Discovery of an ancient Egyptian infant mummy, approximately 8 months old and dating from the Roman period, covered in gold dust.
Meet the ‘Gold Dust Infant,’ an extraordinary find from the Roman period, believed to be an 8-month-old girl. This unique mummy, originally coated in shimmering gold dust, harbors a distinctive history of preservation and intriguing postmortem anomalies.
What sets this mummy apart is the unconventional approach taken during excerebration, a process typically associated with the transnasal or foramen magnum routes. In this case, an artificial aperture was meticulously crafted in the skull, situated just behind the left ear and near the pars petrosum of the temporal bone. Notably, this cranial defect shows no signs of postmortem healing, indicating its posthumous origin.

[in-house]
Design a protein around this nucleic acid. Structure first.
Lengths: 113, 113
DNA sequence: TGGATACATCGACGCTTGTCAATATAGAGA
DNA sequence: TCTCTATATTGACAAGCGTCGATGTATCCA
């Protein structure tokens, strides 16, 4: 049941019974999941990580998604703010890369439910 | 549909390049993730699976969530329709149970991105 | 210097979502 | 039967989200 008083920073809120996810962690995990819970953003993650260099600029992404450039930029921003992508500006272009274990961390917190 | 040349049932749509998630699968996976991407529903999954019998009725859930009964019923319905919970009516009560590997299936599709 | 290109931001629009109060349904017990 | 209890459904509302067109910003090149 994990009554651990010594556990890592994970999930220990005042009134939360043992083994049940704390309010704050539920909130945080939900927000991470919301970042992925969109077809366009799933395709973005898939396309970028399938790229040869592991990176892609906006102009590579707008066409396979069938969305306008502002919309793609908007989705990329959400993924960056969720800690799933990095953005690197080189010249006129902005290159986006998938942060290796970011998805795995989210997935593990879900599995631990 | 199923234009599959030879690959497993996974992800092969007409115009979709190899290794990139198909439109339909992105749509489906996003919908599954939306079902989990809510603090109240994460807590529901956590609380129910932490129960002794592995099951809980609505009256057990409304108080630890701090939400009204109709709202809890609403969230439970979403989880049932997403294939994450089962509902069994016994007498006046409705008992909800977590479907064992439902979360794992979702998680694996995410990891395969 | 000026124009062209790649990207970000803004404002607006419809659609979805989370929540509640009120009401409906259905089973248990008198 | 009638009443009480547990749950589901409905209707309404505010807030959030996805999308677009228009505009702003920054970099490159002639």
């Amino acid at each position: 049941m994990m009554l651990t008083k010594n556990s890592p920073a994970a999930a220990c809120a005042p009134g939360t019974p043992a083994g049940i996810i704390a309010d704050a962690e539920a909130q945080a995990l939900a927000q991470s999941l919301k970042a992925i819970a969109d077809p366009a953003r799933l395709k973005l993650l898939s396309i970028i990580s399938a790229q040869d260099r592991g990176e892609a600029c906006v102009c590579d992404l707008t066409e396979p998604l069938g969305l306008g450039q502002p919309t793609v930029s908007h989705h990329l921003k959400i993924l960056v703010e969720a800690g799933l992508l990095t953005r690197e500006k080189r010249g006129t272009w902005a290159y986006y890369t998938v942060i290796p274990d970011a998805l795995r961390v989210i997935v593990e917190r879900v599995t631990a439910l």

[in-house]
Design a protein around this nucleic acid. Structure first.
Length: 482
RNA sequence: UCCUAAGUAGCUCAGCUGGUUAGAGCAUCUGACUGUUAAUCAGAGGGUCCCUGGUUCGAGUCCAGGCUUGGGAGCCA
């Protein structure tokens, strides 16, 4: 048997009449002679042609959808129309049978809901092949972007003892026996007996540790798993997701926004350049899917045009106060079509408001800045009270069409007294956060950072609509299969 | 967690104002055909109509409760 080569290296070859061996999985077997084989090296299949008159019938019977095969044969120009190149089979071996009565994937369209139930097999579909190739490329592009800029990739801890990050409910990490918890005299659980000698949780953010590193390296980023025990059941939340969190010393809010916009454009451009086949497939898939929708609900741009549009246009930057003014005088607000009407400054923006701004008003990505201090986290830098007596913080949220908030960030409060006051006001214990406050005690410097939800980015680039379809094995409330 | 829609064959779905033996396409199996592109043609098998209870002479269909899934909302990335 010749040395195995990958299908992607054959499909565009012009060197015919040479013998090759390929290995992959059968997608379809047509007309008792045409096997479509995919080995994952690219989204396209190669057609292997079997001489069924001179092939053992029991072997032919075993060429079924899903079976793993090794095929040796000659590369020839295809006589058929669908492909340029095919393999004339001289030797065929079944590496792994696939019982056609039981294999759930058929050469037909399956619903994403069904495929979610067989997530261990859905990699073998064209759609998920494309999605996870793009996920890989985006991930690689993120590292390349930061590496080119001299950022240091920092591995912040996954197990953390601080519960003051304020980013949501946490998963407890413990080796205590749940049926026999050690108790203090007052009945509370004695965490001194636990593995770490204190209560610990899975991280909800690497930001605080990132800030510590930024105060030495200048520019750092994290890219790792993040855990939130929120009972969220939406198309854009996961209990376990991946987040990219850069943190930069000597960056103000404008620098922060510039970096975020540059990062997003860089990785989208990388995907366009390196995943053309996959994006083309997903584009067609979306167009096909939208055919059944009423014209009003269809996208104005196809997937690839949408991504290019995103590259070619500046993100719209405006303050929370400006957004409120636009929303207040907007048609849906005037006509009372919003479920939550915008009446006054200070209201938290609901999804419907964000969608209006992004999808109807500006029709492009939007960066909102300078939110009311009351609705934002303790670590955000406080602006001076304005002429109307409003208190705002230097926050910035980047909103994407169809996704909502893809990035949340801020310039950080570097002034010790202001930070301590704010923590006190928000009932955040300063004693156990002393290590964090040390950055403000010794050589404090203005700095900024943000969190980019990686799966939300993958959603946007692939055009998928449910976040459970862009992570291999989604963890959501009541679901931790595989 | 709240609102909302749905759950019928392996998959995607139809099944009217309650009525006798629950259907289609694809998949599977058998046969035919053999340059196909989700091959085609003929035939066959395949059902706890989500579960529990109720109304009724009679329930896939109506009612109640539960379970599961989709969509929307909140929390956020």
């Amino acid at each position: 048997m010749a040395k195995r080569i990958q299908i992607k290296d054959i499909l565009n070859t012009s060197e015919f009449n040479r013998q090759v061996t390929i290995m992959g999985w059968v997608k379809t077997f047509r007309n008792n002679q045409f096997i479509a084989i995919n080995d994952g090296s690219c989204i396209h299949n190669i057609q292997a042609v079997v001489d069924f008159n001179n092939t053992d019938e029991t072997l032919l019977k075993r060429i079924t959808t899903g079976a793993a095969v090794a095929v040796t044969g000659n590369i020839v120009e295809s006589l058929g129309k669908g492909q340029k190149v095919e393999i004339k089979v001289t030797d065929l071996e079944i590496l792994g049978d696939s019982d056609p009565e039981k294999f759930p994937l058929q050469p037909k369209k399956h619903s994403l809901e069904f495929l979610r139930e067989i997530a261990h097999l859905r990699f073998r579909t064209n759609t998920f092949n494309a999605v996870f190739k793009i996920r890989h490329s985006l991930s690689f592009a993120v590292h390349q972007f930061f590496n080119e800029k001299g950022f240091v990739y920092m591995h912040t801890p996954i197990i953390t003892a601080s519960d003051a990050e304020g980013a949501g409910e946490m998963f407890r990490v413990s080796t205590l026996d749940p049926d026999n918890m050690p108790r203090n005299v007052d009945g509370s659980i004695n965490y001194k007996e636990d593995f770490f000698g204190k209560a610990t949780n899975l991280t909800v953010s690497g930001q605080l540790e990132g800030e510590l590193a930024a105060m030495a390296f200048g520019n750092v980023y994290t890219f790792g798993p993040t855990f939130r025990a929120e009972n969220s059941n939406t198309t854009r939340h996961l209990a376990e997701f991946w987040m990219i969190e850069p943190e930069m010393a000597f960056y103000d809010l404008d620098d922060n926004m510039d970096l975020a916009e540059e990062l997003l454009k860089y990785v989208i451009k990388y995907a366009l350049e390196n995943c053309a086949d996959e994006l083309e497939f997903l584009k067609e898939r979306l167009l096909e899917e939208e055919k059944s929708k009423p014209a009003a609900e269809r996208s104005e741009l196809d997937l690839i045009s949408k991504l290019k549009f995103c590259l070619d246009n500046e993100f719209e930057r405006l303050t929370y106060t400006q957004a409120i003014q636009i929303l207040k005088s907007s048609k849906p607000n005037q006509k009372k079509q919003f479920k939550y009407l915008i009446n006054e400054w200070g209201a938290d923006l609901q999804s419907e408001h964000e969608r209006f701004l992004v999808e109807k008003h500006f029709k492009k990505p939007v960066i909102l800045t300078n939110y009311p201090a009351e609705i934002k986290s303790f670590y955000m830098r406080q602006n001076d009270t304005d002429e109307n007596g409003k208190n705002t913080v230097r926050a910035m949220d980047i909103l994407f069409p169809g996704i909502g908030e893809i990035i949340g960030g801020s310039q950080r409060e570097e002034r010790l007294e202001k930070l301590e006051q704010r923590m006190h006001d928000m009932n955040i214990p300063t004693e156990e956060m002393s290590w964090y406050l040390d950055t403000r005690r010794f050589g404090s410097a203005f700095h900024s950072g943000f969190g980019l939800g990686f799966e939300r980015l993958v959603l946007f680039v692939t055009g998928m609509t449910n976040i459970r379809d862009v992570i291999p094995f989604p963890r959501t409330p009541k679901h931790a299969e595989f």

Upon unwrapping, remnants of the original wrapping material were discovered, with intriguing questions about when and why this elaborate burial was disturbed. Further examination revealed a missing third rib on the right side, with the sixth and seventh ribs oddly positioned, likely repositioned during the embalming process. The repositioned rib serves as a captivating piece of the puzzle, as it prevented the thorax from collapsing, in contrast to the abdomen.
Adding to the mystery, the ‘Gold Dust Infant’ boasted naturally light-colored hair, possibly enhanced with henna. This captivating find not only offers a glimpse into ancient Egyptian burial practices but also raises tantalizing questions about the circumstances and rituals surrounding this young girl’s preservation and unwrapping.”